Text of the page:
Review and photographs by Loon, edited by Suspsy
It’s very easy to see where the inspiration for this model came from. While the name stamp on this figure’s wing might say “Anhanguera,” it is very clearly based on the BBC Walking With Dinosaurs series’ Ornithocheirus. Which isn’t the worst inspiration, as the two species are rather closely related.
Being just under 2 inches long (around 1:24 scale), I’m surprised that Schleich managed to get some decent details in this sculpt, especially considering some of the horror shows they were turning out around 2006. The head features some very nice sculpting, looking pretty much exactly like the Walking With Dinosaurs design. Although the rest of the body is very smooth, causing a bit of a discrepancy. The colors are also similar to the BBC’s pterosaur, from the blue eyes to the red coloration on the crests and around the nostrils, but the body is much more of a greenish-brown than the gray of the Ornithocheirus.
Despite a decent-looking sculpt; it wouldn’t be a Schleich figure without some inaccuracies. Most notable is the utter lack of pycnofibers, which would have helped the body in terms of detail. Also, the jaws are far too flat and wide, with only the teeth from the top jaw visible. Like other ornithocheirids, Anhanguera’s top and bottom teeth would have interlocked. Unlike Ornithocheirus, the crest on the top jaw should be further back on this species.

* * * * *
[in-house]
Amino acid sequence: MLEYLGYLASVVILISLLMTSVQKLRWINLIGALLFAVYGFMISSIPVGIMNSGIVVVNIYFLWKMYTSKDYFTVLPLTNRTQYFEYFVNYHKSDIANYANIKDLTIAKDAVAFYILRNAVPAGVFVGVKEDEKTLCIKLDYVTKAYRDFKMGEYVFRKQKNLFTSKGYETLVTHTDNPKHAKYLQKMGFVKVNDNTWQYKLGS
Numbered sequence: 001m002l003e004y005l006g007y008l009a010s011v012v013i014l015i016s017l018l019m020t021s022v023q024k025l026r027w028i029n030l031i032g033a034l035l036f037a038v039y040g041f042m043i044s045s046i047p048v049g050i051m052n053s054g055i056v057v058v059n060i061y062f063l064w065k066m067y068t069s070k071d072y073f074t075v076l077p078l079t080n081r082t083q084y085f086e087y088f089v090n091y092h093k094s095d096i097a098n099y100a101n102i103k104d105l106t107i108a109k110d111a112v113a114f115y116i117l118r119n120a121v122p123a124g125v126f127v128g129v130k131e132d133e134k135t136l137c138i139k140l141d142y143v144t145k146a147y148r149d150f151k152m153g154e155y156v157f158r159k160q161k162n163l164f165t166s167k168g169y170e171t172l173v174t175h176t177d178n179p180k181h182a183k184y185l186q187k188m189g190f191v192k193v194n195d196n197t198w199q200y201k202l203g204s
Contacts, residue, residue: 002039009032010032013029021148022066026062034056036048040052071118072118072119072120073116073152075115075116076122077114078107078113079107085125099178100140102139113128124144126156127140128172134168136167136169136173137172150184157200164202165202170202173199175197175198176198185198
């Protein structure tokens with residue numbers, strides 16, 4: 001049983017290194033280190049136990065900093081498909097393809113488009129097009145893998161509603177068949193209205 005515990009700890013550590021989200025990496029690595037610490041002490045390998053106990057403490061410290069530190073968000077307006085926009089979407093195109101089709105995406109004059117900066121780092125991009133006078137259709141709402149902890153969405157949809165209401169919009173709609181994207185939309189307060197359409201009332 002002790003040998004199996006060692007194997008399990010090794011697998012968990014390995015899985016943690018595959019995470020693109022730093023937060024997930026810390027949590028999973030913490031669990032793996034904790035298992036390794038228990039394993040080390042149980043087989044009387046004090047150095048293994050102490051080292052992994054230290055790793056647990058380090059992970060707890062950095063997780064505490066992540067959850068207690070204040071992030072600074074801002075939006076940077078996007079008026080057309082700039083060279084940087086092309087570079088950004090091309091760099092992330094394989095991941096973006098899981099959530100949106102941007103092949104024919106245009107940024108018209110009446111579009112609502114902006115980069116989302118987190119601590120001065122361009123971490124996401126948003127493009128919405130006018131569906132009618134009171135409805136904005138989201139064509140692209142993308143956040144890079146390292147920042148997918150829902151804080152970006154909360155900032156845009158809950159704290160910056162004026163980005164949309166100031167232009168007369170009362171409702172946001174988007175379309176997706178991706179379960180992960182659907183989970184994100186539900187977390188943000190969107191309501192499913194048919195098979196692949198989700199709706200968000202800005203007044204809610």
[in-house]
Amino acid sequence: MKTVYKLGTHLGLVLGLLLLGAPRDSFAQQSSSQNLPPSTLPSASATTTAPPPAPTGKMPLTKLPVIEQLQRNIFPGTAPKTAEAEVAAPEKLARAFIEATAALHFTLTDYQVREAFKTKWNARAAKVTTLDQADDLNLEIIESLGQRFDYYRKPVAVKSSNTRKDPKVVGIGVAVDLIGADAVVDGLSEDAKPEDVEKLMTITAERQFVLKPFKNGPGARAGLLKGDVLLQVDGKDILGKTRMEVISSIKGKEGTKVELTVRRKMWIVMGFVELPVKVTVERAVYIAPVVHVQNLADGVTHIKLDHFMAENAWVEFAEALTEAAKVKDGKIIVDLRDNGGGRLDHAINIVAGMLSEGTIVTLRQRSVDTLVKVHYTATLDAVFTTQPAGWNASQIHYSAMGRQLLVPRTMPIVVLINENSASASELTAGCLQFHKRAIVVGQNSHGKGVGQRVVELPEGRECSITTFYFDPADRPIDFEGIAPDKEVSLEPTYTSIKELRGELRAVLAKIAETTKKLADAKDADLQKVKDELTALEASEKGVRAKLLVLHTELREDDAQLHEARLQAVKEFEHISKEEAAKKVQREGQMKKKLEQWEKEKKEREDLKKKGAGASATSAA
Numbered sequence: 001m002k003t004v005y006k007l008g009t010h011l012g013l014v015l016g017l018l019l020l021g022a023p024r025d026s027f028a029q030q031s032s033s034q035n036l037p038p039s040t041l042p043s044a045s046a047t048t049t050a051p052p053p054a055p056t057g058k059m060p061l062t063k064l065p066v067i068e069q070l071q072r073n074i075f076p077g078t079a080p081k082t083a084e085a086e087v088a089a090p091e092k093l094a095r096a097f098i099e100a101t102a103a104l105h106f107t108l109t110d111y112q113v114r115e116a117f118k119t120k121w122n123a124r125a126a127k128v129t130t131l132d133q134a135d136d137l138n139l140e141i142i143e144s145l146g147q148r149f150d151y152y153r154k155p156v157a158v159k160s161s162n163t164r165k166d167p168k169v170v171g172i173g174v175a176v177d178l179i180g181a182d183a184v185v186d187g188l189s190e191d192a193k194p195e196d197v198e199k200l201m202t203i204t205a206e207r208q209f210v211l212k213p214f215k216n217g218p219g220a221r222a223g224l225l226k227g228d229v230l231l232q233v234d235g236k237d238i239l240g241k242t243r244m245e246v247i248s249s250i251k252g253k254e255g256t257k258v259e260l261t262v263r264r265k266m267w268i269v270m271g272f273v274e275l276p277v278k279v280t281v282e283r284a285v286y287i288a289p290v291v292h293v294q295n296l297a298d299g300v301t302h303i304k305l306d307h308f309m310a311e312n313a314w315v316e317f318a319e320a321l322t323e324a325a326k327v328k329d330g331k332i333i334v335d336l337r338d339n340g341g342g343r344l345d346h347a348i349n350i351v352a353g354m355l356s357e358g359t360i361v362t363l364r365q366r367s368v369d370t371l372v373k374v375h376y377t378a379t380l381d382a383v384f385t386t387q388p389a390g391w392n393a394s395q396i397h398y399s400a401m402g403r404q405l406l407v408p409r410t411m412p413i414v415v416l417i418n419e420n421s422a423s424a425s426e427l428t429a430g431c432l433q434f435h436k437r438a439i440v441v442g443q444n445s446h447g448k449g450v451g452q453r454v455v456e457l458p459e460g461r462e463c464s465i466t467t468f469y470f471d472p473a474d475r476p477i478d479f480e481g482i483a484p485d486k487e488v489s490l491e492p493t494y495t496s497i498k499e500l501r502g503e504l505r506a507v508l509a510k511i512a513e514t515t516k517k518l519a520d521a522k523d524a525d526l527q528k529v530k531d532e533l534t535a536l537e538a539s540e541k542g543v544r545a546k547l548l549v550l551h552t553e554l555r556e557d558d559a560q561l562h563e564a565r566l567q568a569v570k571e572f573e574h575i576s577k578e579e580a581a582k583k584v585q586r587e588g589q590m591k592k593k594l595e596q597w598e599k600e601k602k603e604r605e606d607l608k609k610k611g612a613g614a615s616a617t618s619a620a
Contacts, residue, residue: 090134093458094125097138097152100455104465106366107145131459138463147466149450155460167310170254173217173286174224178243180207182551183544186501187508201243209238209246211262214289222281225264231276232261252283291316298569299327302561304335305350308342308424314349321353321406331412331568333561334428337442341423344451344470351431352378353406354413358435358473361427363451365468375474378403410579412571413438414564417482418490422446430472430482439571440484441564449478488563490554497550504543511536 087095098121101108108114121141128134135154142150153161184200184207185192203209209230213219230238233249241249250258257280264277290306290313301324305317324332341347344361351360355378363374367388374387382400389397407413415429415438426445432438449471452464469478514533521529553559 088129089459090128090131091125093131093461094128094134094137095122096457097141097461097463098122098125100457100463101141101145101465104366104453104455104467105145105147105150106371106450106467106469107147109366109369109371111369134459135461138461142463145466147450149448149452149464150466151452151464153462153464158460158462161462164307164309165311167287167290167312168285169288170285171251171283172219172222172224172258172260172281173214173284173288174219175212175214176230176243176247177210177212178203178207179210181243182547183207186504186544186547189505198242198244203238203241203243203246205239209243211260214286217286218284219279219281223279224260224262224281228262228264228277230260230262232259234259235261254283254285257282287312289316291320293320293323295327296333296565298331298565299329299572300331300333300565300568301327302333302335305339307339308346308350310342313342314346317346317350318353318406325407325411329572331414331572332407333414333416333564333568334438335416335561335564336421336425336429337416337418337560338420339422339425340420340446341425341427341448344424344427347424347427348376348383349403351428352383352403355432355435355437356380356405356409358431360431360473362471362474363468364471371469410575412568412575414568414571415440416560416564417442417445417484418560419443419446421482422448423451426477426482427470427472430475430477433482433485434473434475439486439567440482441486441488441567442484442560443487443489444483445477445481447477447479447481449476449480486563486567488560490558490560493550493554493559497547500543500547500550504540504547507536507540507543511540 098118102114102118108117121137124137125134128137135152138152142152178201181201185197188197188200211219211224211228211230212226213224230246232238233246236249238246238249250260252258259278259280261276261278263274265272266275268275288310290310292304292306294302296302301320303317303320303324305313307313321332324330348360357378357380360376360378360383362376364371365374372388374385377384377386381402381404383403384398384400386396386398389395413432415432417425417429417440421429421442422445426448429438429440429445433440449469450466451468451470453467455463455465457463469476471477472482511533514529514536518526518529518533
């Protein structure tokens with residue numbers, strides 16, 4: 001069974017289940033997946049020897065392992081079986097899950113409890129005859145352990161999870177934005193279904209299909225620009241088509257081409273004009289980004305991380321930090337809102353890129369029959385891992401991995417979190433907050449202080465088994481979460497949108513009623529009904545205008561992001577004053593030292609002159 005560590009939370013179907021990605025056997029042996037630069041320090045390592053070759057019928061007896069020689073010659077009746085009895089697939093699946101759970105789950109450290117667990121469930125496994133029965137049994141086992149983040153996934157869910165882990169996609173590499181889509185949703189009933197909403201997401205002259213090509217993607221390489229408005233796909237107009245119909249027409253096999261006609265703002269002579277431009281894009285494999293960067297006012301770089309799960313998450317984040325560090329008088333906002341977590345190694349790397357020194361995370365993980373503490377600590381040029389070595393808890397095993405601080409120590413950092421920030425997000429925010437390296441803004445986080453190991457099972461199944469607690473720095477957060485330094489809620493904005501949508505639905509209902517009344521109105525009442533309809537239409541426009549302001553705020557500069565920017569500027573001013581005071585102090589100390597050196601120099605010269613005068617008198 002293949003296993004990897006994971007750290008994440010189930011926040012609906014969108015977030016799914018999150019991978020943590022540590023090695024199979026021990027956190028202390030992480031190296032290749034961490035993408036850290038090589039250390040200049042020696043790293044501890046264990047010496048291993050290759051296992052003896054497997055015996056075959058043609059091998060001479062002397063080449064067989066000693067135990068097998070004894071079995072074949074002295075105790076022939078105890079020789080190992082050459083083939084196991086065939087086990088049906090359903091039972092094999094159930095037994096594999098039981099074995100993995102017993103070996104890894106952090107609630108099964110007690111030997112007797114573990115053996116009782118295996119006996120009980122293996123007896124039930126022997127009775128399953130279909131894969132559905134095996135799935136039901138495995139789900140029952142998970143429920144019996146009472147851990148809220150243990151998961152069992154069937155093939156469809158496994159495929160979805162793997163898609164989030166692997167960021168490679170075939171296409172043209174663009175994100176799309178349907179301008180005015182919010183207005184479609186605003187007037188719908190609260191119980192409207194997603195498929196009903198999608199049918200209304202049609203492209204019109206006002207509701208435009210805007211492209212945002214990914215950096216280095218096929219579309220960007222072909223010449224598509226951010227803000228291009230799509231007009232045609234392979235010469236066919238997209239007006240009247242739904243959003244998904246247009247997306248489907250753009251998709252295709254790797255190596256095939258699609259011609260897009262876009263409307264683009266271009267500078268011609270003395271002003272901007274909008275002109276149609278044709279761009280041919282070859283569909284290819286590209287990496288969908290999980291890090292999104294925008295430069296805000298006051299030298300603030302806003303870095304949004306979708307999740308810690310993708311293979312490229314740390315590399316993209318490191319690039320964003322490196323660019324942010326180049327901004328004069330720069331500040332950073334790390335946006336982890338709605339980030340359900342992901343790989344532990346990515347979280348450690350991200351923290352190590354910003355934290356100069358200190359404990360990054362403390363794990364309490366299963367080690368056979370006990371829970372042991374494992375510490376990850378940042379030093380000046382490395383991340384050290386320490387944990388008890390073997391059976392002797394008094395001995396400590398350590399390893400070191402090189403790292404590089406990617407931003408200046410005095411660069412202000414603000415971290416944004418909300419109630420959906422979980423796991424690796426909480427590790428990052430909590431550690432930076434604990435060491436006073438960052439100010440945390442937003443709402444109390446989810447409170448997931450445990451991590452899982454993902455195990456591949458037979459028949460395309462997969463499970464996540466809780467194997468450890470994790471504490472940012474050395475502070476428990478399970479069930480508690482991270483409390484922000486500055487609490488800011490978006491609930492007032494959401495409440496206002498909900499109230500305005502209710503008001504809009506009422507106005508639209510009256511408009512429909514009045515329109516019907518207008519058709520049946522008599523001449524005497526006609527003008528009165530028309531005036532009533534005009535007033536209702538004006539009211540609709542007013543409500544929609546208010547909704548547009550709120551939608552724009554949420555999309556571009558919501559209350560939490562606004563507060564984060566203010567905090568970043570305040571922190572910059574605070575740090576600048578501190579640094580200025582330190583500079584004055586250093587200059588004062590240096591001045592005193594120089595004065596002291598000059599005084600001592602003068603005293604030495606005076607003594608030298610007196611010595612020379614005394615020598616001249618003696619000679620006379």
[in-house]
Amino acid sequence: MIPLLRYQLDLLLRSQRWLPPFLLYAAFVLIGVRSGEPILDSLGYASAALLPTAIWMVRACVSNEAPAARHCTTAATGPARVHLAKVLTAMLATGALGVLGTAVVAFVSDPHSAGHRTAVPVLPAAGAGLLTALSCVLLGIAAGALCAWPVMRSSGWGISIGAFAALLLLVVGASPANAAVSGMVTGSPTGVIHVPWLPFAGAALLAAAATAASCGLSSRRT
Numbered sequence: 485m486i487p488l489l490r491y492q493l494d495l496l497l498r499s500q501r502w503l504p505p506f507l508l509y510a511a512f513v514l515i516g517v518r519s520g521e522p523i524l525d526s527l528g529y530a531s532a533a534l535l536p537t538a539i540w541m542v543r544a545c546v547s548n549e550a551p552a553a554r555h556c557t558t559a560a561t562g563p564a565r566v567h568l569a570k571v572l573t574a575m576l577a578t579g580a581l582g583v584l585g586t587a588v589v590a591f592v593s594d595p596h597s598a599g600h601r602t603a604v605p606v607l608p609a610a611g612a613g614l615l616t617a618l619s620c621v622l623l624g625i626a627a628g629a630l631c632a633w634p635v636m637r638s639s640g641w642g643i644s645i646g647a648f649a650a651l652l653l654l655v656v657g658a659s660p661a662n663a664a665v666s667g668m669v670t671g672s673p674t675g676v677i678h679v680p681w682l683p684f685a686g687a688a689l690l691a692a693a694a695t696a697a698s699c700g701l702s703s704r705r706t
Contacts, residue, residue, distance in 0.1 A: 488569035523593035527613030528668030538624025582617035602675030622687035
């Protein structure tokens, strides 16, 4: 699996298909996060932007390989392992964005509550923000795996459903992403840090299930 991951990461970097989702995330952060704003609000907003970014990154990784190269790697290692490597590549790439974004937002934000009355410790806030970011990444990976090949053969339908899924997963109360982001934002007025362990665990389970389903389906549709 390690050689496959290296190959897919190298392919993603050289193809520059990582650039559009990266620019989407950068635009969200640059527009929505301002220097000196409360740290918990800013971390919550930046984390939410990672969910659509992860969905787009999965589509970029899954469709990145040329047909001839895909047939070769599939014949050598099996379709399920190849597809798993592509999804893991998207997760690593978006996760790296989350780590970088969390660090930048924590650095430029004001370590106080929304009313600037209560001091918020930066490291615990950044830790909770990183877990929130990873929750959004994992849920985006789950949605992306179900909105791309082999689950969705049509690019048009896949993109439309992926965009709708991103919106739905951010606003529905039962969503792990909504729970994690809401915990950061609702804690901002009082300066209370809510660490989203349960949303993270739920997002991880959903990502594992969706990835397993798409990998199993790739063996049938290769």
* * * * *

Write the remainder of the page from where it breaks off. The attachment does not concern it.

The wings are just completely wrong, too. They don’t seem to have a pteroid bone (kinda important) or the attached propatagium. Instead, they have a weird ridge that goes from the fingers to the shoulder on the inside of the arm. The fingers should not be facing forward; they also look like dried sausages. Speaking of fingers, the wing finger is shown folded against the wing, whereas in life, it would have folded back. The wings also don’t connect to the legs, but to the tail.
These legs are also . . . yeesh. They’re far too stubby and feature a similar ugly wrinkling to the fingers, making these look less like the lithe legs of an aerodynamic pterosaur and more like those of a prehistoric Big Bird. That said, they do at least feature the correct number of toes, and are connected to the tail by skin.
Overall, this isn’t an amazing figure. It’s very dated, a little ugly, and not even particularly based on the animal it’s supposed to represent. Still, it would make a decent stand-in for the elusive Toyway Ornithocheirus.